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Draft Day | Review

Final Draft: Reitman’s By the Numbers Sports Drama

 Ivan Reitman Draft Day PosterDirector Ivan Reitman leaves behind the realm of rom-com for a masculine about-face with the football drama, Draft Day, which, as you can rightfully assume, takes place on the eponymous day, its clock kicking off thirteen hours before the grand finale. Screenwriters Scott Rothman and Rajiv Joseph takes deliberate pains in dumbing down the behind-the-scenes process that goes on, which will certainly help engage complete strangers to the realm, though this is hardly a realistic inside look at anything more than your conventional sports drama about a down-on-his-luck dude who manages to outsmart everyone despite dubious popular opinion.

The countdown to Draft Day has begun, and this year, Seattle holds the number one pick as well as the current top star, quarterback Bo Callahan (Josh Pence). However, the Seattle manager, Tom Michaels (Patrick St. Espirit) thinks he can oversell Callahan to a desperate team, and tries to strike a deal with Sonny Weaver Jr. (Kevin Costner), manager of the Cleveland Browns. After two years, Weaver is still living in his father’s shadow, who had previously managed the team and passed away the week prior, while the team owner’s (Frank Langella) displeasure with Weaver’s skills has him demanding that a splash be made this season, or else. And so, Weaver caves and trades his team’s next three year’s number one picks in order to snag Callahan, a decision that his team coach (Denis Leary) is hardly happy with. As the hours tick by, Weaver isn’t so sure he made the right choice concerning Callahan and tries to find out what he can about the star player. Meanwhile, family issues cause Weaver additional distress with his aggressive mom (Ellen Burstyn) and ex-wife (Rosanna Arquette), both appearing without warning to scatter his father’s ashes on the training field, while the team’s financial executive and his secret girlfriend (Jennifer Garner) has just divulged that she is carrying his child. It’s turning out to be an eventful day for Sonny Weaver Jr.

The most significant aspect of Draft Day is an arresting visual design, albeit one that tends to feel a bit overused. Kudos to Reitman’s editors, Dana E. Glaubman and Sheldon Kahn, who splice together frames to create a constantly roving perspective, with rotating split screens that even feature characters walking out of their own frame and through another seamlessly. It’s certainly an ingenious way to keep constant engagement with considerably dry material. Likewise, this has to be one of the most appropriate roles for Kevin Costner in recent memory and his wearied, unhurried performance does happen to be appealing (keep in mind this is in comparison to two other 2014 Costner performances that ended up being quite laughable, those being the Jack Ryan reboot and 3 Days to Kill).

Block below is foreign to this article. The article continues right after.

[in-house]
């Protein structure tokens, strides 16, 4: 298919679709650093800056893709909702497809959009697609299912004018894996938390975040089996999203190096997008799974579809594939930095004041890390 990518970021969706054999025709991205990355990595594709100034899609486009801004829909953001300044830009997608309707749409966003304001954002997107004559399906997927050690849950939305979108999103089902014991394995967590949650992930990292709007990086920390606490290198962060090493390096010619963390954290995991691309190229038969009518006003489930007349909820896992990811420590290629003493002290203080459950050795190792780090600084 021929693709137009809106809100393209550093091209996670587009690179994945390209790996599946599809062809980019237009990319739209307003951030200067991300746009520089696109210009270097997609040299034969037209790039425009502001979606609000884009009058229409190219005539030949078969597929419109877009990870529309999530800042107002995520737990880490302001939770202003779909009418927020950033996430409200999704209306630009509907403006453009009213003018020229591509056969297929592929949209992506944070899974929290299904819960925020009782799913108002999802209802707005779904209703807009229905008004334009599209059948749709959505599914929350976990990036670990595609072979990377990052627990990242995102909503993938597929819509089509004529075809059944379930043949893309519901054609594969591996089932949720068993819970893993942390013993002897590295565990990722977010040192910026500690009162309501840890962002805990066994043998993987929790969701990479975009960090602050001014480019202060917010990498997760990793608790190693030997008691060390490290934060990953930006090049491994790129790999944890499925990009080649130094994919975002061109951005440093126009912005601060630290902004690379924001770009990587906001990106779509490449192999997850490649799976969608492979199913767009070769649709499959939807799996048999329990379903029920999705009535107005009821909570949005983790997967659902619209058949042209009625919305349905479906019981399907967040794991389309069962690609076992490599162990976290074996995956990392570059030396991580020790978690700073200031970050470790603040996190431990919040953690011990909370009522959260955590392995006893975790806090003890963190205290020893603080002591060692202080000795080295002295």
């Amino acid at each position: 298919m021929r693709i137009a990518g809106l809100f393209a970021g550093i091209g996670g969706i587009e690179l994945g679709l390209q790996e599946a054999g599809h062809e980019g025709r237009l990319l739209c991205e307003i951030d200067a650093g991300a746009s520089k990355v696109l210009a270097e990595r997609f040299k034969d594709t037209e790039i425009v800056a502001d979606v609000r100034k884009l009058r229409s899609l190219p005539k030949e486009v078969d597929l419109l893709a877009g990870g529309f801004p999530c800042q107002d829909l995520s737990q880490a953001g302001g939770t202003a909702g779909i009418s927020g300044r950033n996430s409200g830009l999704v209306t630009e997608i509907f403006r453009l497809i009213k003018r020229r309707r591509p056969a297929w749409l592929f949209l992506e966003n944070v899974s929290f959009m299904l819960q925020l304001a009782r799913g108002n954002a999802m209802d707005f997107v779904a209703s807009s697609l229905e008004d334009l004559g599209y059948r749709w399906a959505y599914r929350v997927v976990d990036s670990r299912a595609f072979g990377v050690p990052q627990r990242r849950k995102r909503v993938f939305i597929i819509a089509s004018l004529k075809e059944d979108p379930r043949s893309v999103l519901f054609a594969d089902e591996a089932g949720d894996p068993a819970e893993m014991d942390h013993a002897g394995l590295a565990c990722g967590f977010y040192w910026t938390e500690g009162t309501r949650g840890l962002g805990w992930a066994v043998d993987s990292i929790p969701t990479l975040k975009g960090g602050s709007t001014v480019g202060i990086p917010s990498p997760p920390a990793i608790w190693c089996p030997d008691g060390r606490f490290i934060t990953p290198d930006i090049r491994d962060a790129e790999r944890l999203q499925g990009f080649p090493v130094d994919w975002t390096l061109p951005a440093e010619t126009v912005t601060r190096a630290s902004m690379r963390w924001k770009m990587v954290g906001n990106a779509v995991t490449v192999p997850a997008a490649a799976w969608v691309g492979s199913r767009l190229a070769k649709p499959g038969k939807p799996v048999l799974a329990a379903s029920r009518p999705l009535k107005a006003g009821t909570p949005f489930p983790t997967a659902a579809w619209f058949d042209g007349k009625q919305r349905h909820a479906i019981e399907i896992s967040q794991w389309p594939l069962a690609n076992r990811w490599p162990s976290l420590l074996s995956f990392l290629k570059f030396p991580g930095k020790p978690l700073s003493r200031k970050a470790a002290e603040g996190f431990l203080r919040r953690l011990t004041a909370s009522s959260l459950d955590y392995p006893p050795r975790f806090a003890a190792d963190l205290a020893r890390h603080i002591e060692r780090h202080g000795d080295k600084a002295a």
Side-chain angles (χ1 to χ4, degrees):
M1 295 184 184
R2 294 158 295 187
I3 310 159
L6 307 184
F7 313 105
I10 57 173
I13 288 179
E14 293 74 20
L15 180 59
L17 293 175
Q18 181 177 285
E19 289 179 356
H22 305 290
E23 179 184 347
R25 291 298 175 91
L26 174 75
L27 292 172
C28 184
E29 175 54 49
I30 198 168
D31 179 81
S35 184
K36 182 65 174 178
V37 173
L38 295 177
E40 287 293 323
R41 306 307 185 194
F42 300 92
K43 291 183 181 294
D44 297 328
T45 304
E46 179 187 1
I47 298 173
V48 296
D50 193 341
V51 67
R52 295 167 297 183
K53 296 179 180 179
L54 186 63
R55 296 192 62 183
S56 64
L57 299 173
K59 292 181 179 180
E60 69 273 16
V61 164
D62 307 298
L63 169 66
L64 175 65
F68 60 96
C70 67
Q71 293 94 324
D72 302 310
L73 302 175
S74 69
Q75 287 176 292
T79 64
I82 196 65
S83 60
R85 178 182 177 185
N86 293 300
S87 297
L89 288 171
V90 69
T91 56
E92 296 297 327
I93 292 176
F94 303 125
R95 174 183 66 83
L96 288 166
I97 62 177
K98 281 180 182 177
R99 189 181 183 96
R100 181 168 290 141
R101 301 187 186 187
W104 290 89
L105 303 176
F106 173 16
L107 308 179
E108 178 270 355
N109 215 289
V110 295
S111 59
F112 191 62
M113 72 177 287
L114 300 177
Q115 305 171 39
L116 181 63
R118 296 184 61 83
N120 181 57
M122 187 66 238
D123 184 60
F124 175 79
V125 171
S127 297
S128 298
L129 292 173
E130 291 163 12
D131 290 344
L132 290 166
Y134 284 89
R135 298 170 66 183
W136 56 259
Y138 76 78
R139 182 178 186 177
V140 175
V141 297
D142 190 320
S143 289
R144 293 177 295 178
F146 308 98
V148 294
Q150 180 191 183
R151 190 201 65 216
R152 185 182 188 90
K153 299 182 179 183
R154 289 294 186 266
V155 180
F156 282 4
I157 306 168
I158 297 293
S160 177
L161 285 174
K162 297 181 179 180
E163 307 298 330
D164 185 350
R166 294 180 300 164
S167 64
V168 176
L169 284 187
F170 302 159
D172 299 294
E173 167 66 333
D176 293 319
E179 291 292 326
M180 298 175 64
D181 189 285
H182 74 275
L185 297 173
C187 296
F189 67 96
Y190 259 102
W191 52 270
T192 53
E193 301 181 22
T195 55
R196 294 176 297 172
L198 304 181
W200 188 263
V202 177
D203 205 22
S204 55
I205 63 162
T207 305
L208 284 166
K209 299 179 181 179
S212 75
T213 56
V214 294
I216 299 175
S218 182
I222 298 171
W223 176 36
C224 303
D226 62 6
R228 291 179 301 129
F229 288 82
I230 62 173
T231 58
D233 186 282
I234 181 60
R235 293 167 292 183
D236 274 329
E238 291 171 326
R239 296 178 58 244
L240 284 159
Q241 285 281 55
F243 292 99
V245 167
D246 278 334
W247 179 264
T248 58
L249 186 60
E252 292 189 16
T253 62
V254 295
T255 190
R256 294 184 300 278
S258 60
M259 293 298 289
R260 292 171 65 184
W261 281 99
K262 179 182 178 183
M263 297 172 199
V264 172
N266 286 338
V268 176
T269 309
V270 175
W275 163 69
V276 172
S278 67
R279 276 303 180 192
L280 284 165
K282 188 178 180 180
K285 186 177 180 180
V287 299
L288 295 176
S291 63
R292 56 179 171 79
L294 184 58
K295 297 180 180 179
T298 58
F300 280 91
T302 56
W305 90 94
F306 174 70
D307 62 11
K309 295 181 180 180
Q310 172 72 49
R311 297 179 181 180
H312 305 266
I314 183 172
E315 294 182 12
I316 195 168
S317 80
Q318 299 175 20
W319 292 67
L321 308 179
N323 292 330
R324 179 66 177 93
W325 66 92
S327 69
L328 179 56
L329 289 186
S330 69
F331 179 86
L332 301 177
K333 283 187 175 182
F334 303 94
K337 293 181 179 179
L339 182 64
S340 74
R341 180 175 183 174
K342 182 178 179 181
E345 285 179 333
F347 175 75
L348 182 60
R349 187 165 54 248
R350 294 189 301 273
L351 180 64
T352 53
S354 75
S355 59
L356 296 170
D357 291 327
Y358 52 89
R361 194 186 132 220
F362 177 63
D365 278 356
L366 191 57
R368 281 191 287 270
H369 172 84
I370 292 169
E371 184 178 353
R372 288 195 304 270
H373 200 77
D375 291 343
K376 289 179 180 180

A host of supporting characters hold their own in nondescript roles such as Burstyn and an enjoyable Chadwick Boseman, while Reitman regulars like Kevin Dunn and Frank Langella are featured as well. A series of other familiar faces (Rosanna Arquette, Terry Crews, Sean Combs) seem conveniently placed. We’re saddled with having to fathom an unenthusiastic Jennifer Garner as Costner’s love interest, her zeal for football about as genuine as her conflicted emotions in The Dallas Buyers Club. Likewise, the desperation to compound dramatic tension is ridiculous. From frame one, when we learn that Garner is a secret and now pregnant girlfriend, it makes no sense that on Draft Day, of all damn days, she would choose to drop such a stressor on him; at least, not as we come to learn how patient, understanding and levelheaded her character happens to be.

Certainly not at the level of some of Costner’s most beloved sports themed films like Bull Durham or Field of Dreams (though it’s a hell of a lot more entertaining than Tin Cup), Draft Day is never surprising with its deliberate pace and conventional narrative choices. Inevitably, it becomes a convenient, cornball cliché. While those uninterested in football will likely remain unimpressed, it’s sure to mean more for aficionados or fantasy football acolytes. And as much as it takes a cue from what is apparently a real life Cleveland Browns reality, truth be told, like any of the aforementioned Costner titles, any organized sport could have been at play here.


Los Angeles based Nicholas Bell is's Chief Film Critic and covers film festivals such as Sundance, Berlin, Cannes and TIFF. He is part of the critic groups on Rotten Tomatoes, The Los Angeles Film Critics Association (LAFCA), FIPRESCI, the Online Film Critics Society (OFCS) and GALECA. His top 3 for 2023: The Beast (Bonello) Poor Things (Lanthimos), Master Gardener (Schrader). He was a jury member at the 2019 Cleveland International Film Festival.

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